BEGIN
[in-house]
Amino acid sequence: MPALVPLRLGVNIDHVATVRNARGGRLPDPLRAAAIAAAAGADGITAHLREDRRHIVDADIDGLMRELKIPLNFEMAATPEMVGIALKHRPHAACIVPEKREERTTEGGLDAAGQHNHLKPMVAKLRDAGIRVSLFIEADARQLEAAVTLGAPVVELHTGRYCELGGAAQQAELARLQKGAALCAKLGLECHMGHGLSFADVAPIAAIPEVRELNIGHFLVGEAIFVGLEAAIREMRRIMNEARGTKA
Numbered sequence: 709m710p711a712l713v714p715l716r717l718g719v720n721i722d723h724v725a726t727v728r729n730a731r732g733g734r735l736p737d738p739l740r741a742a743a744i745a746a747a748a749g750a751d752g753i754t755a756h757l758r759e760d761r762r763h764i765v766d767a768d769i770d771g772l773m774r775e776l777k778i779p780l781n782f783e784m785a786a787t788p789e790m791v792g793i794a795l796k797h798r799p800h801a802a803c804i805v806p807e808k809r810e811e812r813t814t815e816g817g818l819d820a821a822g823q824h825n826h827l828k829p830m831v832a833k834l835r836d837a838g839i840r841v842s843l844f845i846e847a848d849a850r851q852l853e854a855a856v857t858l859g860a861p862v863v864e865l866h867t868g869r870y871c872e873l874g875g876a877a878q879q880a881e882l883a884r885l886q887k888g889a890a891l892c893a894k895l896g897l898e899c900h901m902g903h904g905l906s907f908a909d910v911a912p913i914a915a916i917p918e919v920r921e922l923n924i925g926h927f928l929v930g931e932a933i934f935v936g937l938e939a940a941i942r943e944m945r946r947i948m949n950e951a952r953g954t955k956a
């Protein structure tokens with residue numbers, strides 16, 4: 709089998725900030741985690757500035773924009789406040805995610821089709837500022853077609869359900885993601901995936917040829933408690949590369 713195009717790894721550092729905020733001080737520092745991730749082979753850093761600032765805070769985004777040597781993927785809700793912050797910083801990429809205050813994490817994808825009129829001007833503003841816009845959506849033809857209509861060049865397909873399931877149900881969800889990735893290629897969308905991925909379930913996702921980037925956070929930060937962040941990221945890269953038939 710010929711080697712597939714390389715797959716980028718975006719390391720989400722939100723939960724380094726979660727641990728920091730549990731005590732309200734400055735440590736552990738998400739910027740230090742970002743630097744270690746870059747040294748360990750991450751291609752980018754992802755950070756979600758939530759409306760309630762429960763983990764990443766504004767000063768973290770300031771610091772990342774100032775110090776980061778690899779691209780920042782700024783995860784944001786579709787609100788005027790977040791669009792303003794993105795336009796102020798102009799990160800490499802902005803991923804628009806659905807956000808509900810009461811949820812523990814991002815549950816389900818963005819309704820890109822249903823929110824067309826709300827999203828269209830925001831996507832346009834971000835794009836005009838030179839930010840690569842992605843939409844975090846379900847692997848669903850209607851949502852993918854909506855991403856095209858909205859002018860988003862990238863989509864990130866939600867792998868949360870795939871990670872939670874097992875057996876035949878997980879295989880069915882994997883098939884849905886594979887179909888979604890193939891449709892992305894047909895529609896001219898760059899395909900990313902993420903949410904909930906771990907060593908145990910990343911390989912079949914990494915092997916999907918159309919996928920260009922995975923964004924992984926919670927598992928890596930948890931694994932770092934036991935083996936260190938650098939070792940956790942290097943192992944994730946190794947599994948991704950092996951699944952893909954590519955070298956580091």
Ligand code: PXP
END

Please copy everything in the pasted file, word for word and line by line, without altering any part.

[in-house]
Amino acid sequence: MPALVPLRLGVNIDHVATVRNARGGRLPDPLRAAAIAAAAGADGITAHLREDRRHIVDADIDGLMRELKIPLNFEMAATPEMVGIALKHRPHAACIVPEKREERTTEGGLDAAGQHNHLKPMVAKLRDAGIRVSLFIEADARQLEAAVTLGAPVVELHTGRYCELGGAAQQAELARLQKGAALCAKLGLECHMGHGLSFADVAPIAAIPEVRELNIGHFLVGEAIFVGLEAAIREMRRIMNEARGTKA
Numbered sequence: 709m710p711a712l713v714p715l716r717l718g719v720n721i722d723h724v725a726t727v728r729n730a731r732g733g734r735l736p737d738p739l740r741a742a743a744i745a746a747a748a749g750a751d752g753i754t755a756h757l758r759e760d761r762r763h764i765v766d767a768d769i770d771g772l773m774r775e776l777k778i779p780l781n782f783e784m785a786a787t788p789e790m791v792g793i794a795l796k797h798r799p800h801a802a803c804i805v806p807e808k809r810e811e812r813t814t815e816g817g818l819d820a821a822g823q824h825n826h827l828k829p830m831v832a833k834l835r836d837a838g839i840r841v842s843l844f845i846e847a848d849a850r851q852l853e854a855a856v857t858l859g860a861p862v863v864e865l866h867t868g869r870y871c872e873l874g875g876a877a878q879q880a881e882l883a884r885l886q887k888g889a890a891l892c893a894k895l896g897l898e899c900h901m902g903h904g905l906s907f908a909d910v911a912p913i914a915a916i917p918e919v920r921e922l923n924i925g926h927f928l929v930g931e932a933i934f935v936g937l938e939a940a941i942r943e944m945r946r947i948m949n950e951a952r953g954t955k956a
């Protein structure tokens with residue numbers, strides 16, 4: 709089998725900030741985690757500035773924009789406040805995610821089709837500022853077609869359900885993601901995936917040829933408690949590369 713195009717790894721550092729905020733001080737520092745991730749082979753850093761600032765805070769985004777040597781993927785809700793912050797910083801990429809205050813994490817994808825009129829001007833503003841816009845959506849033809857209509861060049865397909873399931877149900881969800889990735893290629897969308905991925909379930913996702921980037925956070929930060937962040941990221945890269953038939 710010929711080697712597939714390389715797959716980028718975006719390391720989400722939100723939960724380094726979660727641990728920091730549990731005590732309200734400055735440590736552990738998400739910027740230090742970002743630097744270690746870059747040294748360990750991450751291609752980018754992802755950070756979600758939530759409306760309630762429960763983990764990443766504004767000063768973290770300031771610091772990342774100032775110090776980061778690899779691209780920042782700024783995860784944001786579709787609100788005027790977040791669009792303003794993105795336009796102020798102009799990160800490499802902005803991923804628009806659905807956000808509900810009461811949820812523990814991002815549950816389900818963005819309704820890109822249903823929110824067309826709300827999203828269209830925001831996507832346009834971000835794009836005009838030179839930010840690569842992605843939409844975090846379900847692997848669903850209607851949502852993918854909506855991403856095209858909205859002018860988003862990238863989509864990130866939600867792998868949360870795939871990670872939670874097992875057996876035949878997980879295989880069915882994997883098939884849905886594979887179909888979604890193939891449709892992305894047909895529609896001219898760059899395909900990313902993420903949410904909930906771990907060593908145990910990343911390989912079949914990494915092997916999907918159309919996928920260009922995975923964004924992984926919670927598992928890596930948890931694994932770092934036991935083996936260190938650098939070792940956790942290097943192992944994730946190794947599994948991704950092996951699944952893909954590519955070298956580091």
Ligand code: PXP